Normally on Fridays, I spend all day doing fiber art of some variety and then post about what I did in the evening. But yesterday, that wasn’t the case. We had nearly a foot of snow here on Thursday and hubby’s “back is out” so he couldn’t do the usually plowing. So I ended up spending 3 1/2 hours on Friday morning (after having a lovely mammogram), shoveling and snow blowing. It was “great” fun. Then somehow, I had signed us up to participate in the “Mini Maker Faire” at the community college on Saturday to set up the yurt and demonstrate felting. So I spent the rest of Friday, getting all the yurt felt rolled up and packed as well as other felted items for demo. The we packed up all this stuff – 1 pick up truck and 2 SUV’s filled to the brim – and taking it over to the college Friday evening.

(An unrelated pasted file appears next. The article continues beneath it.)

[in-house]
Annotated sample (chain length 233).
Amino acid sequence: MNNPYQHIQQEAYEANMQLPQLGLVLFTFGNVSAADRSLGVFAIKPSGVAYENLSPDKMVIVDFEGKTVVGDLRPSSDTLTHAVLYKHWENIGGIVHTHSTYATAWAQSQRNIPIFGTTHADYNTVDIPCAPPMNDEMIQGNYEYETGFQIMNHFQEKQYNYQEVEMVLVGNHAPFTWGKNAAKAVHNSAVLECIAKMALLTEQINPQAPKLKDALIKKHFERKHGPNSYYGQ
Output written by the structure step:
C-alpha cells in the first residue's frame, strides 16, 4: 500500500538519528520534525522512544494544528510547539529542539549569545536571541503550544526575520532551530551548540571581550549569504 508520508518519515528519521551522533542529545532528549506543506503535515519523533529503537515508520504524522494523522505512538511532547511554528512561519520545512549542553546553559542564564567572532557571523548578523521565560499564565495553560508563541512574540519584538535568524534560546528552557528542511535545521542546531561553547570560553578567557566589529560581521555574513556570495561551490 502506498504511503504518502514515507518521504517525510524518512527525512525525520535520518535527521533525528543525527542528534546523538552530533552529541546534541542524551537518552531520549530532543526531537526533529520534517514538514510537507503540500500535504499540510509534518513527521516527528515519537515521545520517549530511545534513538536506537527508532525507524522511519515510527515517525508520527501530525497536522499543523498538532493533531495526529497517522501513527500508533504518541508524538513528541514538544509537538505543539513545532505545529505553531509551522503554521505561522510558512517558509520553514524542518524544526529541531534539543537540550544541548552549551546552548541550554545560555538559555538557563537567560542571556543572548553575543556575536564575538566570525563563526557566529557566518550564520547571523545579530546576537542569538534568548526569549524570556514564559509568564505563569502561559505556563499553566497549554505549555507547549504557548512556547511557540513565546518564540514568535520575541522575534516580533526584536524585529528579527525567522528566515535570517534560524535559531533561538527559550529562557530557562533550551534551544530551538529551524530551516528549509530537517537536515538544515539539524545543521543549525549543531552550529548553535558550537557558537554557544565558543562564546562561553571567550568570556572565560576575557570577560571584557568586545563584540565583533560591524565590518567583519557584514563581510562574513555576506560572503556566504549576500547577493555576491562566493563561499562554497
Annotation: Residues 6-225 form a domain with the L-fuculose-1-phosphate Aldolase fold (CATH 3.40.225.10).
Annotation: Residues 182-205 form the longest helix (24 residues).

Here it is before we started adding the felt covering. I was planning on taking lots more photos but then the people started pouring into the faire. We got the yurt covered and then we started doing felting in a bag demos. I think we probably had 80-100 kids felt a “flower” in a bag. We had an assembly line going and just kept felting and felting and felting. Everyone loved the yurt and I can’t believe how many people don’t even know what wool is. Most often we heard “where does wool come from?” – I tell them a sheep and they looked at me like I had two heads. One lady was very disgruntled because “just think how many sheep were killed to make this yurt”. Paula explained that no sheep were killed, they were just sheared to harvest the wool. The lady didn’t believe her. But we did teach tons of people how to felt and showed them a variety of projects that can be made from felt. The faire lasted 5 hours and I would estimate 400-500 people came through in that time. Then we had to take the yurt down, pack it all back up and haul it home. Thanks Paula for all your help – I really appreciated it. Next time I mention that I think it would be a good idea to do this again, shoot me.